libwebkit2gtk-4.1-dev

Arch/Manjaro

arch uses the latest versions, so just install base-devel

sudo pacman -S base-devel

Multiple g++ versions

If you've tried running the above apt install and you get an error related Unable to locate package then you can also install multiple versions of G++ on your system.

sudo apt install software-properties-common
sudo add-apt-repository ppa:ubuntu-toolchain-r/test
sudo apt install gcc-9 g++-9 gcc-10 g++-10 gcc-11 g++-11 gcc-12 g++-12

Then you can set your C++ compiler as g++-12

# Add this to bashrc
export CXX=g++-12

Can't find Webkit

If you run into an error about not finding webkit & gtk like this:

Package webkit2gtk-4.1 was not found in the pkg-config search path.
Perhaps you should add the directory containing `webkit2gtk-4.1.pc'
to the PKG_CONFIG_PATH environment variable
No package 'webkit2gtk-4.1' found
In file included from /home/runner/.config/socket/src/main.cc:9:
/home/runner/.config/socket/src/linux.hh:4:10: fatal error: JavaScriptCore/JavaScript.h: No such file or directory
    4 | #include <JavaScriptCore/JavaScript.h>
      |          ^~~~~~~~~~~~~~~~~~~~~~~~~~~~~
compilation terminated.

Then you will want to install those dependencies

sudo apt-get install libwebkit2gtk-4.1-dev

FAQ

Cross Platform Development

What is a Modern Runtime for Web Apps?

Modern does not refer to how recently any component of the software was written. For example, we use libuv which certainly isn't new. In fact, it's considered boring and stable. It's the approach that's modern.

The client-server model was more relevant when computers were fewer and less powerful. Now we are surrounded by billions of computers that can connect directly to each other, so servers are becoming less relevant no matter how fast they are.

Why not Electron?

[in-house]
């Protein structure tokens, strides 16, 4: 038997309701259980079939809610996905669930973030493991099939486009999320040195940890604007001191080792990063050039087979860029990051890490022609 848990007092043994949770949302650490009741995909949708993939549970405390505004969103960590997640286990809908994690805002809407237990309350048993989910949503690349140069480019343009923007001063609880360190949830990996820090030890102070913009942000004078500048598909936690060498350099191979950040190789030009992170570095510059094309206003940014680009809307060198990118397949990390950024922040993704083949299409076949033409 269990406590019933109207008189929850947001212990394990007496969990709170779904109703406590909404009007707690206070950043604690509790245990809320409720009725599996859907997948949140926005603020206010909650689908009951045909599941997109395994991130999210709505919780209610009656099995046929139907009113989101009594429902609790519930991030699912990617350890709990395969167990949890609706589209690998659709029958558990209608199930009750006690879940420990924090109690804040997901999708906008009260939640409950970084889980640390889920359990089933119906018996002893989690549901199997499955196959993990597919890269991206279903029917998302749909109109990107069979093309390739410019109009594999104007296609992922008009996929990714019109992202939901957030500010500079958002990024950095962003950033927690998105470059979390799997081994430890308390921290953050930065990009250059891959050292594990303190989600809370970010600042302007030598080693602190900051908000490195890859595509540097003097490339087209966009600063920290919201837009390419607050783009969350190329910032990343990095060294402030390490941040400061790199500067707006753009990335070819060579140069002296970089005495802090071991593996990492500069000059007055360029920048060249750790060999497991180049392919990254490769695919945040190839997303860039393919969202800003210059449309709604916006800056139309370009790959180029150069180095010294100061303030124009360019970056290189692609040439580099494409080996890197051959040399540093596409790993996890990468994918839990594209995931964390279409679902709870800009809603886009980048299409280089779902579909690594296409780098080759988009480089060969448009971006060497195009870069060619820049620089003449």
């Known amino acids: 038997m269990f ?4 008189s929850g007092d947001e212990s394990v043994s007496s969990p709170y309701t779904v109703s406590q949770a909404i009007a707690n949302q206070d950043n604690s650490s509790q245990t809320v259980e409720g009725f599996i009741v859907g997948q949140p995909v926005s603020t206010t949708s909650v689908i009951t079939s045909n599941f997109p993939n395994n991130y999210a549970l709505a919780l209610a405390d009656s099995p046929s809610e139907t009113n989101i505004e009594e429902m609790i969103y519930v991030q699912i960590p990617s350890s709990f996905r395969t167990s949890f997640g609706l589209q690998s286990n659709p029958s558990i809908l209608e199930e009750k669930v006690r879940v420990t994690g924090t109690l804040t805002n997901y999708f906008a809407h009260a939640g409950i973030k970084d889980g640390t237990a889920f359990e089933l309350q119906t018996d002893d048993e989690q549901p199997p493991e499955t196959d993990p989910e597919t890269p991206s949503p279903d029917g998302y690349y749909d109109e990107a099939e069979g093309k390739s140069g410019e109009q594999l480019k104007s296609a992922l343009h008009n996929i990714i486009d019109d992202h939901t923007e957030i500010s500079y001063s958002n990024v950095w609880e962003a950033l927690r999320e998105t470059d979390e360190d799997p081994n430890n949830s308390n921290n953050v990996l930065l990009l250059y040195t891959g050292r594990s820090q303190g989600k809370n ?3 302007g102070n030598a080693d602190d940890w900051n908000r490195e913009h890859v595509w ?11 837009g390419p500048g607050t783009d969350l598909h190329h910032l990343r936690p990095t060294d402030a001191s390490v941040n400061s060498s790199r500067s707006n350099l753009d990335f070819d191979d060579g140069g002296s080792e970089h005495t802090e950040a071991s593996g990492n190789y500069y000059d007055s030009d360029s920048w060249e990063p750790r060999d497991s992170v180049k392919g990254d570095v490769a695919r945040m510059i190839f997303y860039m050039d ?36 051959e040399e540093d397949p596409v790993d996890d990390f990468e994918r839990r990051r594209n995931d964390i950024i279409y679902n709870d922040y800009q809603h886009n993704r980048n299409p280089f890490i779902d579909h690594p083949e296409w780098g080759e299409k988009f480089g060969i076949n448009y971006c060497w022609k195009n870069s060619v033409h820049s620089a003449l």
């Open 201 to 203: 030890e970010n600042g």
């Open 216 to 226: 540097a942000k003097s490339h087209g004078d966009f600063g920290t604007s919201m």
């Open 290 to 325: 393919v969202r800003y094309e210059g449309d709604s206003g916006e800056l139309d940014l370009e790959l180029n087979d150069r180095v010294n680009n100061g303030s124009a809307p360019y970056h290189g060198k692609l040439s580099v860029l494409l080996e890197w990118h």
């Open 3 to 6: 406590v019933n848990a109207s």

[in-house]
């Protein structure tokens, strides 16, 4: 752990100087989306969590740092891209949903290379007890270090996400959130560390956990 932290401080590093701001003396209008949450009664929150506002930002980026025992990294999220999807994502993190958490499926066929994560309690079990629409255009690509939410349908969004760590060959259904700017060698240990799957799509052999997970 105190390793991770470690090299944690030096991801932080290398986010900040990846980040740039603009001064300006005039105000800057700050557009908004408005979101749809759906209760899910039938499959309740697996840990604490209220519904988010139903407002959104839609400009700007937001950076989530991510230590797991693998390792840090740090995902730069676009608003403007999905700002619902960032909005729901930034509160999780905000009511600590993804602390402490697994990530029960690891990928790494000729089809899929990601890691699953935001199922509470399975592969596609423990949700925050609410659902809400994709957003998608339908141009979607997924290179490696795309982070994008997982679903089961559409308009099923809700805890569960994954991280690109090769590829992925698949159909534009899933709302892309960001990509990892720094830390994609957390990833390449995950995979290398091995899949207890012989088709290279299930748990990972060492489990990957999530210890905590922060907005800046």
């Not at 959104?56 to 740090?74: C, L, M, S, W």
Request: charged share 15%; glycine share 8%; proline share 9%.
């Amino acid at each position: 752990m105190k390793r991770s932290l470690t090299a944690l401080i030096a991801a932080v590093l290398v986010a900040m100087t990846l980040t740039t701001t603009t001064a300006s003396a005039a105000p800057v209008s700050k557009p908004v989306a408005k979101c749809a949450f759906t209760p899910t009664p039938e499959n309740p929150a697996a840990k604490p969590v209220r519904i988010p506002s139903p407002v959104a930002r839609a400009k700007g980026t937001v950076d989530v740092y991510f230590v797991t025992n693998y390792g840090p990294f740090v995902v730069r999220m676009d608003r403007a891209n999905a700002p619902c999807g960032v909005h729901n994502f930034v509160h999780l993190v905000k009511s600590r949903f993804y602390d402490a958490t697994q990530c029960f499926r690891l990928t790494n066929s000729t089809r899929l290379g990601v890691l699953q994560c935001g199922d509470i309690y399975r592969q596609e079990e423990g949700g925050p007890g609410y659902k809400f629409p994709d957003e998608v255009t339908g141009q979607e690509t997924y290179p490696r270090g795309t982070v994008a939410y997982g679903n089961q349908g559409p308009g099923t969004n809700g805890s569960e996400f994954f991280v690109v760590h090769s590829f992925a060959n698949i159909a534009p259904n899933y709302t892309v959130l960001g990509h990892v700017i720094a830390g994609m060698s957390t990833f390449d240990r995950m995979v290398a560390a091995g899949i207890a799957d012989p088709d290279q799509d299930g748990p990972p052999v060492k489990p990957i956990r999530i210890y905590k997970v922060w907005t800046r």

Electron's binary size and memory footprint are far from acceptable for most developers. The bulk of the weight comes from the decision to build-in V8 and a custom distribution of node.js.

Why not Tauri, Rust?

Tauri is a project for people who want to write Rust. Socket SDK is for Web Developers who want to create connected apps with HTML, CSS, and JavaScript.

Webview is C++, and so are the platforms that it runs on. The memory safety offered by Rust is great but becomes irrelevant when it's just a thin wrapper around a world of C++. It is possible to write C++ that is as safe as Rust, it's just a hell of a lot harder.

Does Webview render consistently across platforms?

Historically it did not. Now it does.

Is it secure?

Yes. As much as anything else. Just NEVER try to build a browser. NEVER evaluate arbitrary code. ALWAYS use a strong CSP. ALWAYS sanitize any data that will be rendered in a UI.

Will you support a specific feature?

Possibly, create a PR and make an argument for why the feature is relevant to everyone who would use this project.

How can Webview based apps compete with the quality of native apps?

Native apps require an enormous amount of developer effort if the developer wants their app to run across multiple platforms. Socket lowers the barrier to entry and lets in the world's largest developer community. With care, and avoiding bloated frameworks, a web-based app can run as well as any native app.

Peer To Peer

Why should I care that P2P is free? AWS is almost free!

AWS is nearly free until you experience any kind of growth. The cost of The Cloud scales up with the demand for a product. And for most companies, The Cloud becomes their largest cost center. When this cost is combined with non-cloud costs (the cost of experts, their managers, key-person churn, it can make profitability impossible.

How effective are distributed networks at hosting the long tail of rarely-accessed content?

We make it possible to send a receive packets even when peers are offline. But this isn't the same as "free storage". In networks like BitTorrent, rarely-accessed content (content accessed less frequently than 72 hours) becomes unavailable as the few peers hosting that content drop offline.

In this case, we enable developers to build hybrid networks. In hybrid networks, developers can choose to keep a centralized copy of all content. This keeps rarely-accessed content always available. For popular content, a distributed swarm of users’ devices also assist in distribution, reducing the cost of serving that content from a central location.

How can a peer replace a server?

A peer should not be asked to handle the same kind of workloads as a server. If you develop an app that monopolizes a user's device, they will be unhappy, regardless of what architecture you are using. Peers should handle smaller work-loads in shorter bursts.

With Peer To Peer networks, growth increases availability and compute capacity. Despite how many peers join your network, you should continue to design with the assumption that peers are unreliable and infrequently online.